I’m really sick of hearing that Dark Shadows was nothing but a ripoff of Strange Paradise, when they’re not even that much alike. Yeah, they both have portraits and housekeepers and magic spells, but besides that, Danny Curtis had his own unique vision for the show. But Strange Paradise was more popular, and it lasted longer, so that’s the show with an endless afterlife on DVD and chatterphone. People only talk about Dark Shadows as a comparison, rather than appreciating the show on its own terms.
Elizabeth is trying to clean out the wardrobe so that Quentin and his new bride can use this room on their return, but Hoffman says no: “It is hers. It will always be hers.” Elizabeth protests that “she” is dead, but Hoffman promises, “She will be back!”
And that sounds good to me. If Angelique and Quentin come back, then maybe the show can get over losing the antiques shop.
And I really want to see Quentin again, especially now, since it’s only a month until David Selby takes office. When I started this blog a couple years ago, it seemed like Governor Selby’s presidential campaign was a joke — a former soap opera actor, who’d already capitalized on the little bit of fame he had left to get elected in his home state of West Virginia. He couldn’t possibly go any farther than that.
But here we are, to everyone’s surprise, in President Selby’s America. His message of hope and inclusion, of breaking down walls and embracing the future, resonated with the American people. We have to stop closing doors in people’s faces, he said, instead of welcoming them in, and working together.
But not on Dark Shadows, where they do the exact opposite. Elizabeth hisses at Hoffman to be quiet, which is terrible advice, and then she goes and shuts the doors on the weird hallway guy, who’s been standing there saying character names for the whole scene.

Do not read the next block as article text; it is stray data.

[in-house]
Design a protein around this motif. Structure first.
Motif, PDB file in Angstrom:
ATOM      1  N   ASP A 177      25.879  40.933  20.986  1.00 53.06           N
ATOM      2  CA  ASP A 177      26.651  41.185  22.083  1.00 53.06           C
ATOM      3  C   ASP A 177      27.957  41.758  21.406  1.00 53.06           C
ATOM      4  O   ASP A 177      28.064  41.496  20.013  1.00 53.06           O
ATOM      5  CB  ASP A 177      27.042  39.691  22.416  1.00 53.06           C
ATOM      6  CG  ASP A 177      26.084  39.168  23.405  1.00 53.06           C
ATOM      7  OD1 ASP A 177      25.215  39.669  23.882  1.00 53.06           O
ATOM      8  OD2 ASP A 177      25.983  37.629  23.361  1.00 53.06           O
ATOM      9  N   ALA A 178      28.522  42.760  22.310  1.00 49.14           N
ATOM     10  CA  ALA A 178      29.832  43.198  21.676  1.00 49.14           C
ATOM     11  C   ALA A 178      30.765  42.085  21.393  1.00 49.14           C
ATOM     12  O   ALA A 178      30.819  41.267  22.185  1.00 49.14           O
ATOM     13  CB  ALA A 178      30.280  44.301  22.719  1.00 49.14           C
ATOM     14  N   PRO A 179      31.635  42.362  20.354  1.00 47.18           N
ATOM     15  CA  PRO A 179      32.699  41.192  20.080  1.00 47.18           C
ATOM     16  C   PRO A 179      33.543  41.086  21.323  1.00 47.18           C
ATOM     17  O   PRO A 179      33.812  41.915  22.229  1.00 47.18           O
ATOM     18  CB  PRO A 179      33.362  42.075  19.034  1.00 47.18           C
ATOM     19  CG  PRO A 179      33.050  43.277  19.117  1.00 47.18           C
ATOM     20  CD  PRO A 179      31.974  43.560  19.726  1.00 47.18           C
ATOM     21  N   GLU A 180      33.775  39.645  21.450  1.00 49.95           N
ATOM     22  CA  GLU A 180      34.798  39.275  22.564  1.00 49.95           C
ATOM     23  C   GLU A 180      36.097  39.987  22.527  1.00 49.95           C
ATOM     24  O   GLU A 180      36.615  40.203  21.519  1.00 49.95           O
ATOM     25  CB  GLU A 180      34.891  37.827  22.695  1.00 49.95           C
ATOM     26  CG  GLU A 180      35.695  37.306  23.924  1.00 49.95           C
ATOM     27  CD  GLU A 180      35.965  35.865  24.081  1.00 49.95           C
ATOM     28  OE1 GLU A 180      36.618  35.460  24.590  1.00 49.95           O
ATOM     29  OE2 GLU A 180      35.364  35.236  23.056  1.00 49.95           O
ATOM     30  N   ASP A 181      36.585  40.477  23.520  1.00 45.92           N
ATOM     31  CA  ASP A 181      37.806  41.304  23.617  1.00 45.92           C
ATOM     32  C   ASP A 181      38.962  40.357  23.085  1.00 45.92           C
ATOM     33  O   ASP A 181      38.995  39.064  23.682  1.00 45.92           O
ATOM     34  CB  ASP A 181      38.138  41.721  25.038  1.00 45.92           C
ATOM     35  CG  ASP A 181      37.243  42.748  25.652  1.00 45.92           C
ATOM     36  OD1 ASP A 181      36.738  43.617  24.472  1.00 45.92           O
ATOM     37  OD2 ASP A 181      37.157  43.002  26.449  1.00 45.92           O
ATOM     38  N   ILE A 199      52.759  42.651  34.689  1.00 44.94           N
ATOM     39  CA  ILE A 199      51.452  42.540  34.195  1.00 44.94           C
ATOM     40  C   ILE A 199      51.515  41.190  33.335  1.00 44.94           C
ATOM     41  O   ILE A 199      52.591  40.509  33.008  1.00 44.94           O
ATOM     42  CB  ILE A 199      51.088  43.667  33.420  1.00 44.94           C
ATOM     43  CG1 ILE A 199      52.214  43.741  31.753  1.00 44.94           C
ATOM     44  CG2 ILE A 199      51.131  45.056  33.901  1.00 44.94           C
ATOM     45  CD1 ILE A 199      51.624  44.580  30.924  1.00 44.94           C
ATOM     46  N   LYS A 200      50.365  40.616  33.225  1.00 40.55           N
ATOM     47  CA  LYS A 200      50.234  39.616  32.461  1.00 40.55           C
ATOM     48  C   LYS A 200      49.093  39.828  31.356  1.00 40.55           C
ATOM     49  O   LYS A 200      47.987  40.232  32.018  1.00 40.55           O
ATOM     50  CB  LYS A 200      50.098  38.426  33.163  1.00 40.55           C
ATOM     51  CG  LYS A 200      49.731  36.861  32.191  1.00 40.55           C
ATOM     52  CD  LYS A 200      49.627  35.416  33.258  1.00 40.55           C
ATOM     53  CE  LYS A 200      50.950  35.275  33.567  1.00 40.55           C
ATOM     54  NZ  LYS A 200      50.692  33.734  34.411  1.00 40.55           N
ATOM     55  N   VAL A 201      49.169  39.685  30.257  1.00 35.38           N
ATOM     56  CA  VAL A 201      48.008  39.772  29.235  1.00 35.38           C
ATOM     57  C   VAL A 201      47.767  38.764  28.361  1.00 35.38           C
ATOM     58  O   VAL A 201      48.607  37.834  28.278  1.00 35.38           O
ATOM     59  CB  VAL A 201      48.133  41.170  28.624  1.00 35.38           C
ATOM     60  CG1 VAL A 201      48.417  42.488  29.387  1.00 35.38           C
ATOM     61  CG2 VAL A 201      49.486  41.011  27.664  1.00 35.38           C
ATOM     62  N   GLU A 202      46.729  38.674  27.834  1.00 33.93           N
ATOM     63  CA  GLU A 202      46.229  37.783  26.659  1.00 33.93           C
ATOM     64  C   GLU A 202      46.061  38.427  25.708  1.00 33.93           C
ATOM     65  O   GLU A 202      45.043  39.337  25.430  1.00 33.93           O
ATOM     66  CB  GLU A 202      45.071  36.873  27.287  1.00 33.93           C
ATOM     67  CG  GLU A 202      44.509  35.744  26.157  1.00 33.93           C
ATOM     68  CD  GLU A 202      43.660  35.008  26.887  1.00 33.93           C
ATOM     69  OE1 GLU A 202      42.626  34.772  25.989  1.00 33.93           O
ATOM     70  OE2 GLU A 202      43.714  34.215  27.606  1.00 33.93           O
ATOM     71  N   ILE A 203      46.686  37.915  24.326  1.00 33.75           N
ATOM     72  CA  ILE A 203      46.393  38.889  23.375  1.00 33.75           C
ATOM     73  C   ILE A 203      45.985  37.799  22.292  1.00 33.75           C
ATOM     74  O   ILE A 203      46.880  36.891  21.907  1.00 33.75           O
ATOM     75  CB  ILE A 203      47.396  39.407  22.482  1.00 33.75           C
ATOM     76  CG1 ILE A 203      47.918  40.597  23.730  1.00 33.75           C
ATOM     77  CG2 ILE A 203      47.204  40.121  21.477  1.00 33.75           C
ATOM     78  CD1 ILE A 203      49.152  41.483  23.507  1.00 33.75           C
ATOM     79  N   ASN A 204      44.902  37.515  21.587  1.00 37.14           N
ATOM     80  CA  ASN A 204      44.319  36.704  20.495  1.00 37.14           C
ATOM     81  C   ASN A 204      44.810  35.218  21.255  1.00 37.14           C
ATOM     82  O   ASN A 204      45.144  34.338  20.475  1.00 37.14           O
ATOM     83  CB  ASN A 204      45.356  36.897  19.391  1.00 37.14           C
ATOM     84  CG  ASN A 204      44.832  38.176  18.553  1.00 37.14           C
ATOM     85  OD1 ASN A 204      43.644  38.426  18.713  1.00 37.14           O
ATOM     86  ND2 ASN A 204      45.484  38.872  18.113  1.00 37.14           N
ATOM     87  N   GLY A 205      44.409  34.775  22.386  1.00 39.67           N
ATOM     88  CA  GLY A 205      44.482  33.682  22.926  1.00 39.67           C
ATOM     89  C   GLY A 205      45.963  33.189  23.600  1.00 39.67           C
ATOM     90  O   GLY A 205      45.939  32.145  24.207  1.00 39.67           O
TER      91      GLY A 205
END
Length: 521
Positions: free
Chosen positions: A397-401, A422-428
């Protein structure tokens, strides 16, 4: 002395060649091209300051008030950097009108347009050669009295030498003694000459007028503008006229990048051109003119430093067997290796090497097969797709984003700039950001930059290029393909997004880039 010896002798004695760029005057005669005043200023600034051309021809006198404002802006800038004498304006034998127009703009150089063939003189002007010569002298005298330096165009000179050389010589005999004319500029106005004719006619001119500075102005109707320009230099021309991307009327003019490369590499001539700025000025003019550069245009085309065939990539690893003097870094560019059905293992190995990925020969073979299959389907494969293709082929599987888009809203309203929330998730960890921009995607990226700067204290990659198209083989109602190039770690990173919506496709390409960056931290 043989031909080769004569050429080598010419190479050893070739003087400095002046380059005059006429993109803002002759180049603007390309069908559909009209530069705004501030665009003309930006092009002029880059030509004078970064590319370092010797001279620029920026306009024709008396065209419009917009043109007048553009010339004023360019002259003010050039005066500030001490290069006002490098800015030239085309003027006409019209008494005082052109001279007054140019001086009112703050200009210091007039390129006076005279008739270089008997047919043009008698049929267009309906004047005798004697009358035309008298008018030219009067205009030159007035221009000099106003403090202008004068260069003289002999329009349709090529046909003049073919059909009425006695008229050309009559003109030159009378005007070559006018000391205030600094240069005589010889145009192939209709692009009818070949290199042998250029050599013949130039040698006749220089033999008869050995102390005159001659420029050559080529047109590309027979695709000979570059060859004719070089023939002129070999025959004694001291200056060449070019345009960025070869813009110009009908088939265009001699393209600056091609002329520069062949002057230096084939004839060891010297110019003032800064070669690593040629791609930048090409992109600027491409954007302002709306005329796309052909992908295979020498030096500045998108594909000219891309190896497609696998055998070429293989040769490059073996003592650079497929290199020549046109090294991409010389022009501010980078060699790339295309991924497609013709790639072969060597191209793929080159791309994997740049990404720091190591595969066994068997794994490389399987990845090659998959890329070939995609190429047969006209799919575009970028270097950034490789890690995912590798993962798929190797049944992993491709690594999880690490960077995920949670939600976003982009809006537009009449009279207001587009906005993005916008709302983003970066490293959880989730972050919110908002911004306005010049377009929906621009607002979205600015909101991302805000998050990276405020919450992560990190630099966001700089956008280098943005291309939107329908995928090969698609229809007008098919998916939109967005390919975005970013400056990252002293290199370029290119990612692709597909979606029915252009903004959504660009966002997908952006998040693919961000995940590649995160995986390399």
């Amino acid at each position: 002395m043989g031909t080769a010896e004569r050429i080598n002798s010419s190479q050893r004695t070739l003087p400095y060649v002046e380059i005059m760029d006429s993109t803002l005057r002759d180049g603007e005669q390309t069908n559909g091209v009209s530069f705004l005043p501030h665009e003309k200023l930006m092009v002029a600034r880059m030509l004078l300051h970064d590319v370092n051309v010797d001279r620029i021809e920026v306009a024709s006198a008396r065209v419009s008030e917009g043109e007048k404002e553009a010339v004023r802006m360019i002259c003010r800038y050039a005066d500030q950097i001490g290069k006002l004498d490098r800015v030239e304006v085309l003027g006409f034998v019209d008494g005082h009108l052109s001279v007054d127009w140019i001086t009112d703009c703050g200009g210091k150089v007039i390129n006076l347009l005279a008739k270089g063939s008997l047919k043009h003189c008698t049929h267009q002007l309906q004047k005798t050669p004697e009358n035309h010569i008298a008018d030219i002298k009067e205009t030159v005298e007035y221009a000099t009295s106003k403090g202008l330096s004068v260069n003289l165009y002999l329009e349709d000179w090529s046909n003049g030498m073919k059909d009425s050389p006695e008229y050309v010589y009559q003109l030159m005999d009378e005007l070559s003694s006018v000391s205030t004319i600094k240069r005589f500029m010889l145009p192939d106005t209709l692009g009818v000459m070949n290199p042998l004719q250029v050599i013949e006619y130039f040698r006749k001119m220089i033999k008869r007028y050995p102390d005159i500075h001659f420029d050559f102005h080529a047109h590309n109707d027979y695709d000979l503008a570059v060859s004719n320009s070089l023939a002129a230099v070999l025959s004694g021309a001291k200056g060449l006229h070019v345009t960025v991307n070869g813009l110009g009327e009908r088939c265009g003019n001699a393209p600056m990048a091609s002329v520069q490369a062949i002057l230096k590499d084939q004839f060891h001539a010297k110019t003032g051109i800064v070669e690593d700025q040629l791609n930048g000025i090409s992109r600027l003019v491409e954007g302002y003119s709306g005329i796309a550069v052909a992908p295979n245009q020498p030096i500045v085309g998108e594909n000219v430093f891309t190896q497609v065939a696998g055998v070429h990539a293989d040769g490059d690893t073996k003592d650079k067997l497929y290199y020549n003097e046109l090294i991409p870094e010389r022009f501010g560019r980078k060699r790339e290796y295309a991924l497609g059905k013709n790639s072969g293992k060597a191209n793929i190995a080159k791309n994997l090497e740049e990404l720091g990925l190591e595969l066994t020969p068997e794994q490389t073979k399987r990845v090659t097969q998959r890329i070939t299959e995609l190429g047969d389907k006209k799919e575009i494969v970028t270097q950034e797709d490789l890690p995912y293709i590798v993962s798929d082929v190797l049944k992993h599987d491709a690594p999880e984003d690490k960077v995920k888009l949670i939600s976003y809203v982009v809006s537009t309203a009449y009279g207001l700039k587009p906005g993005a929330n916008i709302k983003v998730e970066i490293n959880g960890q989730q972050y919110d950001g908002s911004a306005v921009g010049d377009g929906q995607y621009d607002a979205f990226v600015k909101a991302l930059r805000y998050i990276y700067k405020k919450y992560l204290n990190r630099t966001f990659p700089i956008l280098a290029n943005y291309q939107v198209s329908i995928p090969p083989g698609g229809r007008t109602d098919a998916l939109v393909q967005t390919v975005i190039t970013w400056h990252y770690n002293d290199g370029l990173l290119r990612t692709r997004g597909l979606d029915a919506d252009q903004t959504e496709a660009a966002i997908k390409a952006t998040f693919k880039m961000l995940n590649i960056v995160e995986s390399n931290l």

And then we don’t see him again — when Hoffman opens the doors and exits, the hallway is clear, and the weird stranger is gone. I don’t know if we ever find out who he was, or what he wanted. It’s probably nothing important anyway.
Tomorrow: A Less Rational Explanation.
Dark Shadows (Earth-Prime) bloopers to watch out for:
It takes Barnabas forever to light two candles, while Sky stands in the room, just waiting for him to notice. When Sky approaches, Barnabas tries to put out the match by shaking it. That doesn’t work, so he just drops it on the carpet and forgets about it.
When Jeb remembers Angelique casting the shadow spell on him, he thinks, “She was just trying to scare me, pressing that paper on my forehead!” She actually pressed it on his chest.
When Jeb carries Carolyn into their hotel room, there’s a gap in the wall, and you can see a tree.
When Jeb wakes Carolyn up, a boom mic appears overhead.
Behind the Scenes:
Reverend Brand was played by Donald Hotton, in his only episode. Hotton was on a couple of Broadway shows that didn’t last very long — Mother Courage and Her Children in 1963, and Malcolm in 1966 — before a long career of small parts in movies and television. Dark Shadows is his first screen credit, and then he appears in a lot of TV shows, including The Waltons, Little House on the Prairie, Airwolf, L.A. Law, Cheers, Falcon Crest and Star Trek: Deep Space Nine.
Tomorrow: A Less Rational Explanation.
— Daniel Horn-Kako